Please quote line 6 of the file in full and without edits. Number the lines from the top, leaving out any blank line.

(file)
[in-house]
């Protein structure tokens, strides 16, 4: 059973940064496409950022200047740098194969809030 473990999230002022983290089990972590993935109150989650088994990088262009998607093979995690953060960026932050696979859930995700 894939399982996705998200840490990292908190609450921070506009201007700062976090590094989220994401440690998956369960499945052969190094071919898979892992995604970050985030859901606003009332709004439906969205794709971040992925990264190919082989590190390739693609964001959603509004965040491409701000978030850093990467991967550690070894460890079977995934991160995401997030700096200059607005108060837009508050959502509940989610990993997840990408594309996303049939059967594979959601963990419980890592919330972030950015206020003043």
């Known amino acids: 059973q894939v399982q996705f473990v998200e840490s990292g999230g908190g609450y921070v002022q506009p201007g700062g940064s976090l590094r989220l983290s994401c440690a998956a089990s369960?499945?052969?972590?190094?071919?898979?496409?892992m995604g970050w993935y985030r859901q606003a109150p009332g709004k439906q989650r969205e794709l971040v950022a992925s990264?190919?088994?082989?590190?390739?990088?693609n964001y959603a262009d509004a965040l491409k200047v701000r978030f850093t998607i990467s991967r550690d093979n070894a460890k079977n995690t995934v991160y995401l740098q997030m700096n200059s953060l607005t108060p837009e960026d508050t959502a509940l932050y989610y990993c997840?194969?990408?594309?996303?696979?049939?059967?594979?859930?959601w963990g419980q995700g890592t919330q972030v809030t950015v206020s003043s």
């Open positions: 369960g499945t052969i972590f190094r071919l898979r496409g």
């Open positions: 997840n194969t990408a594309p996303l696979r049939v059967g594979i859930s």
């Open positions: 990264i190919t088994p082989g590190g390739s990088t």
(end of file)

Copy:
């Open positions: 990264i190919t088994p082989g590190g390739s990088t």